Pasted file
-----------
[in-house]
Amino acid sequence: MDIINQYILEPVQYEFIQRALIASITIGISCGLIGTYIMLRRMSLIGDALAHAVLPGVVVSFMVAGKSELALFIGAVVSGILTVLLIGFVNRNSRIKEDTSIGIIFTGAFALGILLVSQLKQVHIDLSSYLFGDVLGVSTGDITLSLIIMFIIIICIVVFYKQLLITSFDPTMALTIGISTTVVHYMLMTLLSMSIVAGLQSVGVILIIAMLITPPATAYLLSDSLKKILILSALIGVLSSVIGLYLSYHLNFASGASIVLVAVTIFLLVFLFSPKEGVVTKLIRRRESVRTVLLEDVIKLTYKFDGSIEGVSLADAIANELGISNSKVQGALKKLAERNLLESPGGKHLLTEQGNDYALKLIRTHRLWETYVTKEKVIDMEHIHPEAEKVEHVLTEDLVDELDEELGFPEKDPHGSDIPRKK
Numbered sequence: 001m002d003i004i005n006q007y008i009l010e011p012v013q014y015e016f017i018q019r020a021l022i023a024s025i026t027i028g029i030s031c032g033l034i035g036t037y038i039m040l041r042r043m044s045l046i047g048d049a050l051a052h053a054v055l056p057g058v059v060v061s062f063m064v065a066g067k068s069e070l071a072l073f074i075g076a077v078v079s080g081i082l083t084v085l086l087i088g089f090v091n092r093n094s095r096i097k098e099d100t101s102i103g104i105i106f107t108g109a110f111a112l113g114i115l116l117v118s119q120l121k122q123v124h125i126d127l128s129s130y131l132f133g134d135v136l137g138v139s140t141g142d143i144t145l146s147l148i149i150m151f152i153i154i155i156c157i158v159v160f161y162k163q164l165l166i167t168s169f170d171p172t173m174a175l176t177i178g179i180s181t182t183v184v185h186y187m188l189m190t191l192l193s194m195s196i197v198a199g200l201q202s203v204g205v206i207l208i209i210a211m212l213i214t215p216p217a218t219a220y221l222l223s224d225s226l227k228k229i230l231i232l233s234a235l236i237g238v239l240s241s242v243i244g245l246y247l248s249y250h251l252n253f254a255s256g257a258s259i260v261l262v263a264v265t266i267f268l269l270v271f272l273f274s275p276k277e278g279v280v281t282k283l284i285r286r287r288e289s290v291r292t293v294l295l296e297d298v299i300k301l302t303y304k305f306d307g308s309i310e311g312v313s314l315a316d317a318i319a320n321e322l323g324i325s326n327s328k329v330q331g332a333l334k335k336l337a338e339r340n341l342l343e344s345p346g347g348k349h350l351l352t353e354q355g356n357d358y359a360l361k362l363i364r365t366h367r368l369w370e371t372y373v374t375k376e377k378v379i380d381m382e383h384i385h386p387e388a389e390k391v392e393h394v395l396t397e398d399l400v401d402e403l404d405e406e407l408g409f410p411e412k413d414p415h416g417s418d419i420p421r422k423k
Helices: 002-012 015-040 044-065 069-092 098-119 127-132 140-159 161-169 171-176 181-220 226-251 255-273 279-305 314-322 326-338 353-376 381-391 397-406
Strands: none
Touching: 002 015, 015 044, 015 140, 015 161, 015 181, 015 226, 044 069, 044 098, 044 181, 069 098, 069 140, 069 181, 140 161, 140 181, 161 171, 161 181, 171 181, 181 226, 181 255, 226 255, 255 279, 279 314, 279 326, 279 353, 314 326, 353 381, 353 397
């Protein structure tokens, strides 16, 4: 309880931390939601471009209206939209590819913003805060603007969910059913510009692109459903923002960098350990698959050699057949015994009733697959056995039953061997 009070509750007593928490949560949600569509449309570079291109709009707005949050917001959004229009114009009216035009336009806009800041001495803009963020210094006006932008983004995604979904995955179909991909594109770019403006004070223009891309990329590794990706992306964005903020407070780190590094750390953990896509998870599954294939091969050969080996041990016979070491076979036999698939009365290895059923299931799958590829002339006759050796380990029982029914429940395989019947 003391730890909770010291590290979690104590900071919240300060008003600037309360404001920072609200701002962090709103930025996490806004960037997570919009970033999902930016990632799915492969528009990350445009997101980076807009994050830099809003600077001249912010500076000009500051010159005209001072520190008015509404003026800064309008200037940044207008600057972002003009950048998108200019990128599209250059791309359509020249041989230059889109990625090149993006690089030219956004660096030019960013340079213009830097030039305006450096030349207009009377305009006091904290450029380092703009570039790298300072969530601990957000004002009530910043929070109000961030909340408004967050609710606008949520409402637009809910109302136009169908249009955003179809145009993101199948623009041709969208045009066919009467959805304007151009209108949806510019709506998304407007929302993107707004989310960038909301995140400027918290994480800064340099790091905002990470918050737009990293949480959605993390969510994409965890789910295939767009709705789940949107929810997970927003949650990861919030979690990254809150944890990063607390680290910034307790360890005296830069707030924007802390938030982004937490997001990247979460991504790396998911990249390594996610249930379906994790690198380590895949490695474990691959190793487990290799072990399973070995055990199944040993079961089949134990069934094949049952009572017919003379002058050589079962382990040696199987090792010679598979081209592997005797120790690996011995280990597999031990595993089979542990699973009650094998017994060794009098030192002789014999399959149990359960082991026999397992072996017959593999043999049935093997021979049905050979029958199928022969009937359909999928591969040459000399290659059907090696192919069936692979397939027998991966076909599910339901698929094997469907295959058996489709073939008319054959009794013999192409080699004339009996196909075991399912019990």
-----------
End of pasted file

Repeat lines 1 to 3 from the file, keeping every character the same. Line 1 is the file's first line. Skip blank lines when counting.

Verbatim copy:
[in-house]
Amino acid sequence: MDIINQYILEPVQYEFIQRALIASITIGISCGLIGTYIMLRRMSLIGDALAHAVLPGVVVSFMVAGKSELALFIGAVVSGILTVLLIGFVNRNSRIKEDTSIGIIFTGAFALGILLVSQLKQVHIDLSSYLFGDVLGVSTGDITLSLIIMFIIIICIVVFYKQLLITSFDPTMALTIGISTTVVHYMLMTLLSMSIVAGLQSVGVILIIAMLITPPATAYLLSDSLKKILILSALIGVLSSVIGLYLSYHLNFASGASIVLVAVTIFLLVFLFSPKEGVVTKLIRRRESVRTVLLEDVIKLTYKFDGSIEGVSLADAIANELGISNSKVQGALKKLAERNLLESPGGKHLLTEQGNDYALKLIRTHRLWETYVTKEKVIDMEHIHPEAEKVEHVLTEDLVDELDEELGFPEKDPHGSDIPRKK
Numbered sequence: 001m002d003i004i005n006q007y008i009l010e011p012v013q014y015e016f017i018q019r020a021l022i023a024s025i026t027i028g029i030s031c032g033l034i035g036t037y038i039m040l041r042r043m044s045l046i047g048d049a050l051a052h053a054v055l056p057g058v059v060v061s062f063m064v065a066g067k068s069e070l071a072l073f074i075g076a077v078v079s080g081i082l083t084v085l086l087i088g089f090v091n092r093n094s095r096i097k098e099d100t101s102i103g104i105i106f107t108g109a110f111a112l113g114i115l116l117v118s119q120l121k122q123v124h125i126d127l128s129s130y131l132f133g134d135v136l137g138v139s140t141g142d143i144t145l146s147l148i149i150m151f152i153i154i155i156c157i158v159v160f161y162k163q164l165l166i167t168s169f170d171p172t173m174a175l176t177i178g179i180s181t182t183v184v185h186y187m188l189m190t191l192l193s194m195s196i197v198a199g200l201q202s203v204g205v206i207l208i209i210a211m212l213i214t215p216p217a218t219a220y221l222l223s224d225s226l227k228k229i230l231i232l233s234a235l236i237g238v239l240s241s242v243i244g245l246y247l248s249y250h251l252n253f254a255s256g257a258s259i260v261l262v263a264v265t266i267f268l269l270v271f272l273f274s275p276k277e278g279v280v281t282k283l284i285r286r287r288e289s290v291r292t293v294l295l296e297d298v299i300k301l302t303y304k305f306d307g308s309i310e311g312v313s314l315a316d317a318i319a320n321e322l323g324i325s326n327s328k329v330q331g332a333l334k335k336l337a338e339r340n341l342l343e344s345p346g347g348k349h350l351l352t353e354q355g356n357d358y359a360l361k362l363i364r365t366h367r368l369w370e371t372y373v374t375k376e377k378v379i380d381m382e383h384i385h386p387e388a389e390k391v392e393h394v395l396t397e398d399l400v401d402e403l404d405e406e407l408g409f410p411e412k413d414p415h416g417s418d419i420p421r422k423k